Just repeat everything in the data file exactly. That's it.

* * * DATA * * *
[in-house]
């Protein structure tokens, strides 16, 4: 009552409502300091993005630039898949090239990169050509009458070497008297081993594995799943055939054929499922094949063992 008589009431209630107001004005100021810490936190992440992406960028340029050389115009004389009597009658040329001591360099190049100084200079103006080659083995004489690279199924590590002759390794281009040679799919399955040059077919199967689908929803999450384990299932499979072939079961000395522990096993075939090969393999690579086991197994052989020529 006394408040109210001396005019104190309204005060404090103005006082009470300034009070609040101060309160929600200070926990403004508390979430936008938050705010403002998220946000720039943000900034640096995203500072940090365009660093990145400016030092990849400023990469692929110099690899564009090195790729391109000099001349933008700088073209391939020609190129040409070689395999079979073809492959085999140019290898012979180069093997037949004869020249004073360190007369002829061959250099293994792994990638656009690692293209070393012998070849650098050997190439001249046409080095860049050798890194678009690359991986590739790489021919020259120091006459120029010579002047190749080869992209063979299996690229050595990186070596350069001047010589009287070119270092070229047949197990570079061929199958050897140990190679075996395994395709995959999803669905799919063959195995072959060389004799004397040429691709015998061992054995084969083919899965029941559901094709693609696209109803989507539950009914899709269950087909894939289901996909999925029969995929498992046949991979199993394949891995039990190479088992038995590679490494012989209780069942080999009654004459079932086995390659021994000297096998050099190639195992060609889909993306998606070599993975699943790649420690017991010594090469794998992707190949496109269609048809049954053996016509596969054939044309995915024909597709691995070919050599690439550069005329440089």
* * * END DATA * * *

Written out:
[in-house]
């Protein structure tokens, strides 16, 4: 009552409502300091993005630039898949090239990169050509009458070497008297081993594995799943055939054929499922094949063992 008589009431209630107001004005100021810490936190992440992406960028340029050389115009004389009597009658040329001591360099190049100084200079103006080659083995004489690279199924590590002759390794281009040679799919399955040059077919199967689908929803999450384990299932499979072939079961000395522990096993075939090969393999690579086991197994052989020529 006394408040109210001396005019104190309204005060404090103005006082009470300034009070609040101060309160929600200070926990403004508390979430936008938050705010403002998220946000720039943000900034640096995203500072940090365009660093990145400016030092990849400023990469692929110099690899564009090195790729391109000099001349933008700088073209391939020609190129040409070689395999079979073809492959085999140019290898012979180069093997037949004869020249004073360190007369002829061959250099293994792994990638656009690692293209070393012998070849650098050997190439001249046409080095860049050798890194678009690359991986590739790489021919020259120091006459120029010579002047190749080869992209063979299996690229050595990186070596350069001047010589009287070119270092070229047949197990570079061929199958050897140990190679075996395994395709995959999803669905799919063959195995072959060389004799004397040429691709015998061992054995084969083919899965029941559901094709693609696209109803989507539950009914899709269950087909894939289901996909999925029969995929498992046949991979199993394949891995039990190479088992038995590679490494012989209780069942080999009654004459079932086995390659021994000297096998050099190639195992060609889909993306998606070599993975699943790649420690017991010594090469794998992707190949496109269609048809049954053996016509596969054939044309995915024909597709691995070919050599690439550069005329440089």